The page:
We’re huge advocates for solar energy in Kenya, but we recognize it isn’t the right solution for everyone. While solar is sustainable and ultimately cheaper than electricity from power company in the long run, it also requires a significant up-front investment and doesn’t work for every property/roof type.
The ultimate question is whether the advantages of solar power in Kenya outweigh the disadvantages. In this article, we’ll present the pros and cons of solar energy so that you can decide if going solar makes sense for you.
While solar is sustainable and ultimately cheaper than electricity from power company in the long run, it also requires a significant up-front investment and doesn’t work for every property/roof type.
Advantages of Solar Energy
1. Energy independence
Traditionally, most people depend on the power company to supply them with power. When the grid goes down, going without power for an extended period of time can be a helpless feeling.
If you own a solar system with energy storage, you can keep generating power during emergencies. That peace of mind is invaluable if you live in a place with an unreliable power grid, or are regularly threatened by severe weather conditions.
It’s liberating to have complete control over where and how you produce energy. And with electricity costs rising, it also feels great to lock in a fixed rate for your electricity over the next few decades.
2. Eliminate your electricity bill
Who doesn’t love one less bill coming out of their paycheck? With a properly sized system, you can drastically reduce or completely eliminate your electricity bill.
Even if you extend your payback period by taking out a loan to finance your project, you still enjoy reduced electricity costs from the moment you flip the switch on your PV system.
This is the most exciting part of solar for many people: bringing the system online and watching their power bill disappear.
With a properly sized system, you can drastically reduce or completely eliminate your electricity bill.
A sustainable energy source is one that we can use without depleting the source of power. Oil and gas are not sustainable, because we consume those resources as we use them.
In contrast, solar is sustainable because the source of energy (sunlight) is constantly replenished. We can use solar energy without worrying about whether we will deplete the Earth’s natural resources for future generations.
4. Low maintenance
Solar systems don’t have a lot of moving parts. As a result, they rarely break down or require maintenance to keep them running optimally.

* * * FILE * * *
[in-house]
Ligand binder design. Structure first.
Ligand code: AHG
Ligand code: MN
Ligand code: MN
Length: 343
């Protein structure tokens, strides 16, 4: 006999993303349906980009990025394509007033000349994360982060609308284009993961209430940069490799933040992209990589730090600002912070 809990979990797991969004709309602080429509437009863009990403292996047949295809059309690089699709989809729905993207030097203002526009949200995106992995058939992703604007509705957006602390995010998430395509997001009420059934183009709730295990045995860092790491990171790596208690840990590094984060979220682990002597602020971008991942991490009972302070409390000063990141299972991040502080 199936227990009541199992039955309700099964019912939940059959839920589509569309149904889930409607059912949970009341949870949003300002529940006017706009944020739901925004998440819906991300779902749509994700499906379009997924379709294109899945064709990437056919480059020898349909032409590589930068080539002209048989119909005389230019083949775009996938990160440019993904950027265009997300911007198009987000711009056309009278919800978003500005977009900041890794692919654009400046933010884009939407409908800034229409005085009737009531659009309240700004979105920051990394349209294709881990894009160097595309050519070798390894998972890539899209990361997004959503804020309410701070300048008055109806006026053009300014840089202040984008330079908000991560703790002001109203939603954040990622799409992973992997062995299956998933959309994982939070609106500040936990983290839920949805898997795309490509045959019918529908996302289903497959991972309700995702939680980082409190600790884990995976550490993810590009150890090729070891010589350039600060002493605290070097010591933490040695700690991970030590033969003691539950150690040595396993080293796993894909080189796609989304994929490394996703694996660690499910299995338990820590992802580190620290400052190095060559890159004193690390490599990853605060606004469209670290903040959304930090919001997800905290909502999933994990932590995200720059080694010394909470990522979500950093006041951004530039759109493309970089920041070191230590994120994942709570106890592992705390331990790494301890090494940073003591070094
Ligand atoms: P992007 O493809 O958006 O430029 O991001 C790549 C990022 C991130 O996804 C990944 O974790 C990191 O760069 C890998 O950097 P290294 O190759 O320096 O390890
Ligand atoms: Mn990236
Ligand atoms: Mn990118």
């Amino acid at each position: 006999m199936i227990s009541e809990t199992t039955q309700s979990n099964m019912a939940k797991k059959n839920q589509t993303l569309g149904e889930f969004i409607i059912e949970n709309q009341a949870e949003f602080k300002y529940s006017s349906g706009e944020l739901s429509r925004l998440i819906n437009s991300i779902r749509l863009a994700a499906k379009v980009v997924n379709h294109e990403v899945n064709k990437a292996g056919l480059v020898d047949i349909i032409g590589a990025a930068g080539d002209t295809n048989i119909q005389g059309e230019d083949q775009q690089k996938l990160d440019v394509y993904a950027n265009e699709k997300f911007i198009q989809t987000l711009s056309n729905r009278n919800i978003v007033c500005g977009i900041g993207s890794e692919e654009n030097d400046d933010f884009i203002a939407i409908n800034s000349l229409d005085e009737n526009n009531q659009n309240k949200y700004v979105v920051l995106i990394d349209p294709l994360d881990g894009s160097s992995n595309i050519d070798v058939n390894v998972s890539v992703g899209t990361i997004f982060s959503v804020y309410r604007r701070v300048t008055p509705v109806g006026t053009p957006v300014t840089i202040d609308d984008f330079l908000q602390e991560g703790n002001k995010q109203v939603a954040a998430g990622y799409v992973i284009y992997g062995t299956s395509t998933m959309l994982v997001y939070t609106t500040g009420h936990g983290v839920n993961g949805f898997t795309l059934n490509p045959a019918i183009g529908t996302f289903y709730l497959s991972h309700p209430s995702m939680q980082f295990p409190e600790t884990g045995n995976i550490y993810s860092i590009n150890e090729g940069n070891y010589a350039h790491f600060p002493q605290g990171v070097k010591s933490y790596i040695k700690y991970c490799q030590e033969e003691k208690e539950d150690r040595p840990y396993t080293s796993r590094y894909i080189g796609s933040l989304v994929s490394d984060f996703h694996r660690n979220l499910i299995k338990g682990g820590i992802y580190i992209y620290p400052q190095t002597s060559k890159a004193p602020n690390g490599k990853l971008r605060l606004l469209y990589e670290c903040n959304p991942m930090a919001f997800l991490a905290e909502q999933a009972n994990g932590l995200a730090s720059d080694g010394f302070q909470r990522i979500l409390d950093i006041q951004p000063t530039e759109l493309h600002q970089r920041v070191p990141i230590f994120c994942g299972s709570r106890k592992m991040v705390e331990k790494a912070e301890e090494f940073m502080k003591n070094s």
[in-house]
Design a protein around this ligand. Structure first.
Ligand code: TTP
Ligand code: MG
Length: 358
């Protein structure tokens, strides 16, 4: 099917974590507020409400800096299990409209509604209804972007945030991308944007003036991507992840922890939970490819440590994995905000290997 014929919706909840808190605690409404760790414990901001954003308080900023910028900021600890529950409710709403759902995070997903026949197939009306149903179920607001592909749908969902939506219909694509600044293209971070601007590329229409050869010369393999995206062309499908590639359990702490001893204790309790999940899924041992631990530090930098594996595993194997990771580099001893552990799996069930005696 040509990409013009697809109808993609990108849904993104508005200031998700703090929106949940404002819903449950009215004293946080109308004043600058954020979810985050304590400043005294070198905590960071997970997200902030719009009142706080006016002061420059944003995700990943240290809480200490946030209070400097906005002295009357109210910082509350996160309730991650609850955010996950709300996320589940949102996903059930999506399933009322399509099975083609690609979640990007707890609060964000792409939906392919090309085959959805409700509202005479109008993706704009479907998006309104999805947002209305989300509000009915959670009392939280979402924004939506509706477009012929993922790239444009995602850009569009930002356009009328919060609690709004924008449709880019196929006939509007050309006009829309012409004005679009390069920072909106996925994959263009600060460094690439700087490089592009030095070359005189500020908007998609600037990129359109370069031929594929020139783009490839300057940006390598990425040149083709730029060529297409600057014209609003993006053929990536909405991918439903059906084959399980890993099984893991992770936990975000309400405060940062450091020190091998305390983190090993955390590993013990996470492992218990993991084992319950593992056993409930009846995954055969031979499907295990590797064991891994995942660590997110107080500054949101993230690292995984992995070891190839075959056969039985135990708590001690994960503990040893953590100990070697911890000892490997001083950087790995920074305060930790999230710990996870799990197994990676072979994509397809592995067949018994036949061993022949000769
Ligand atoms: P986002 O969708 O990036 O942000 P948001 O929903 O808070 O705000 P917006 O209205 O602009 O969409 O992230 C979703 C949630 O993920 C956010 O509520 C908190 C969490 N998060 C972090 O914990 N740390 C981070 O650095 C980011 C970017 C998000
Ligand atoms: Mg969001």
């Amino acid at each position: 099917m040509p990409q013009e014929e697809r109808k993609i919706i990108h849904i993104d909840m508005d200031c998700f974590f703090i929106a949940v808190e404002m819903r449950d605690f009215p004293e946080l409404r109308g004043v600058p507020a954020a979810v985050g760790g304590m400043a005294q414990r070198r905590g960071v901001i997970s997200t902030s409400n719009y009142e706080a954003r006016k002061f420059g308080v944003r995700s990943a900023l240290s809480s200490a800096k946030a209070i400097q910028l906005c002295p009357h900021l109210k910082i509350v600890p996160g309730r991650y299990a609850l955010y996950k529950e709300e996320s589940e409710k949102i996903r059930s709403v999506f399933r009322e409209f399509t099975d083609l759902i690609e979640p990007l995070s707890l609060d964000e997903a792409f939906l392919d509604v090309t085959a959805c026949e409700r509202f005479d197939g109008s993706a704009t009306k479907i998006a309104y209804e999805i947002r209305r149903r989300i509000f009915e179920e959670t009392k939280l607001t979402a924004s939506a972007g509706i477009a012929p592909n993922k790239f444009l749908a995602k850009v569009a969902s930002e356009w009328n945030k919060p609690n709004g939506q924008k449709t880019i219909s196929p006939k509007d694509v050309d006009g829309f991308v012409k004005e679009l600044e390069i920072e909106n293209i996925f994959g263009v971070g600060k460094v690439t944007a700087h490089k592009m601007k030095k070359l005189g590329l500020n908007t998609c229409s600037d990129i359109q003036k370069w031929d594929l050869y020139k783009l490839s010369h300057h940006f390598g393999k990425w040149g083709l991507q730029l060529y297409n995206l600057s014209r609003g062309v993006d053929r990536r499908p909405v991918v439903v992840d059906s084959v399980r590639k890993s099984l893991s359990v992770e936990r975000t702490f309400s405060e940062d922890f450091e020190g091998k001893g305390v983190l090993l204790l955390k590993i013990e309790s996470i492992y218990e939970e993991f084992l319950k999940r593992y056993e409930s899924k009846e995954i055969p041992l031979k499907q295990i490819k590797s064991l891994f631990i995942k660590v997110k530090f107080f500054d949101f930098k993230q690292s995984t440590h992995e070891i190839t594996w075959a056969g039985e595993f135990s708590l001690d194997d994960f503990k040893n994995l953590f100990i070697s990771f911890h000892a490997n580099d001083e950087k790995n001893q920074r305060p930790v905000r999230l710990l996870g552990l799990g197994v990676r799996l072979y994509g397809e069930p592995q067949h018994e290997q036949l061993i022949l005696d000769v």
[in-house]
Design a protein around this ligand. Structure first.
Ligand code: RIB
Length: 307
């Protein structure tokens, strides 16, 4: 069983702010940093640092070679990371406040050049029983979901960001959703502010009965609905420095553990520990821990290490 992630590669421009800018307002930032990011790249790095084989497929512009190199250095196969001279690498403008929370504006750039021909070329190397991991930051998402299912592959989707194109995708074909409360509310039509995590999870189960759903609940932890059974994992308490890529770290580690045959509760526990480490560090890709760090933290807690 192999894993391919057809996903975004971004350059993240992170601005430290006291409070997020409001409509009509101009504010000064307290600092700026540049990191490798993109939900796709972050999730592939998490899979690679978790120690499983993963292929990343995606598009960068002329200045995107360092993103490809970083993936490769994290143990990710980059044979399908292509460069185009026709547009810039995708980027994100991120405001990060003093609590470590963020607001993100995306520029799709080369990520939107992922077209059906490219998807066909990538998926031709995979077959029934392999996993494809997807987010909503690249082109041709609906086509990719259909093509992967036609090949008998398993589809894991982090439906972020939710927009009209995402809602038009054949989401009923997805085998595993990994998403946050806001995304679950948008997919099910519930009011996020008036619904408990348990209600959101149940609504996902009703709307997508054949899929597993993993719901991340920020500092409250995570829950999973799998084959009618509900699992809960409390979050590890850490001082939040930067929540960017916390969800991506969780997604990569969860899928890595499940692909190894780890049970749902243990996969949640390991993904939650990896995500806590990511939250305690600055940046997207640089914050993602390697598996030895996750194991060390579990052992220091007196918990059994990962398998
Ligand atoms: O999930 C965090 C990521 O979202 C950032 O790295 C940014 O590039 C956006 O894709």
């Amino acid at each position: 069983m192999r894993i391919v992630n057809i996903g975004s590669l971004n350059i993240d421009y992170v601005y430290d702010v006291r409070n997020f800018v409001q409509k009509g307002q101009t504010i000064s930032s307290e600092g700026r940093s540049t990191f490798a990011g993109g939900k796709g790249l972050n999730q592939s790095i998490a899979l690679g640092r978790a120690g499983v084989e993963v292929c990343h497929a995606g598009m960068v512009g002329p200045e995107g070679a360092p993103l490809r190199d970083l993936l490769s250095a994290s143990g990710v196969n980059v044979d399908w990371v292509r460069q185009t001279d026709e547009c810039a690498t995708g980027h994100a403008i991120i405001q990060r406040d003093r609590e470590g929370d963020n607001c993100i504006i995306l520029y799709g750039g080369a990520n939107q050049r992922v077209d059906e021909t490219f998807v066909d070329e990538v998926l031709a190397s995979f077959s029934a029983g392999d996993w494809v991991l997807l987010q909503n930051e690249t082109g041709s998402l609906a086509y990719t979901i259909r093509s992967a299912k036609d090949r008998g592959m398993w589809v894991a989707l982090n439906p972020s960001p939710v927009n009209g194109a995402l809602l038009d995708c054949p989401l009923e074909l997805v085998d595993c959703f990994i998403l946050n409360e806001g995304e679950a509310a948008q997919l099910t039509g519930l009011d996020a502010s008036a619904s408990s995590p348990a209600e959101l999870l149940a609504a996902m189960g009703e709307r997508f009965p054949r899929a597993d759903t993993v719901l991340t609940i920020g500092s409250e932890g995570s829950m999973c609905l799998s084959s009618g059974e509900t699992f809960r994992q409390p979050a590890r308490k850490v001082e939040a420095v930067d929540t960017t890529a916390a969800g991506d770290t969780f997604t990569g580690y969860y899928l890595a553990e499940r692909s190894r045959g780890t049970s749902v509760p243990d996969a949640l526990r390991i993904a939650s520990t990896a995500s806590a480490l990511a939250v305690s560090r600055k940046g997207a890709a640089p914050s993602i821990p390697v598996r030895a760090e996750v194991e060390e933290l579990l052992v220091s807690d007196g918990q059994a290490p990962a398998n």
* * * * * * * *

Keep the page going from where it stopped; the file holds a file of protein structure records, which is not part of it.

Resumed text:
Panels are warrantied to last 25 years, but many have a much longer lifespan.You rarely, if ever, need to fix or replace panels.
It’s common to replace your inverter at least once over the life of your system, as inverters are typically warrantied for 10-15 years. But that’s about the only scheduled maintenance you will encounter for grid-tied systems.
Off-grid systems are a bit more complex because they must include batteries, which often require routine maintenance. Specifically, flooded lead-acid batteries (the cheapest option available) must be checked and refilled with water regularly to keep them functioning properly.
However, building a grid-tied system eliminates the need for batteries, so most people will rarely need to check in on their system for maintenance or replacements.
Disadvantages of Solar Energy
1. It’s expensive to get started
Solar is expensive – at least upfront. To build a system that would power the average Kenyan home, you might pay Ksh 100,000 and more depending on the products you choose.
That doesn’t include the cost of logistics or installation.
Of course, you’re paying for at least 25 years of energy production upfront. In the long term, you break even on the investment and start to make money, but that doesn’t change the fact that not everyone has thousands of shillings in their pocket to get their solar dreams off the ground.
The up-front cost is the main barrier to going solar.
2. Energy storage is expensive.
Batteries are the single most expensive component of a solar power system. Not all systems require batteries, but they become mandatory when you go off the grid. They are also required if you need to supply backup power to your grid-tied property.
Expect to pay a lot more money when you add batteries to a system. Furthermore, batteries don’t last as long as the other parts of your system. Lead-acid battery warranties range from 1 to 7 years, meaning you’ll replace them 4 or 5 times before the panel warranty is up.
Lithium batteries justify their high price tag by lasting 10-15 years, but you’re still in for at least one replacement over the life of your system.
3. It’s better if you own your home (and won’t be moving for a while)
Solar can be a profitable investment, but the payback math assumes you’ll be living in the same property for the full duration of the 25-year warranty.
It takes several years to break even on the initial cost of the system before you start to pocket the savings from your electricity bill. Solar makes a lot less sense if you don’t own your home, or have the urge to move within the next few years.
Think about whether you’ll stick around for a while in your current property before you make the long-term investment into solar.
Questions? Consult a solar expert today.
Interested in our Solar Power installation services in Kenya? Call us today on 0715 020605. Alternatively, you can email us and a member of our team will get back to you as soon as possible. We install solar power systems in Nairobi, Kiambu, Ngong, Kajiado, Kitengela, Athi River, Machakos, Coast Province, Rift Valley, North Eastern, Central, Nyanza and countrywide for domestic and commercial clients.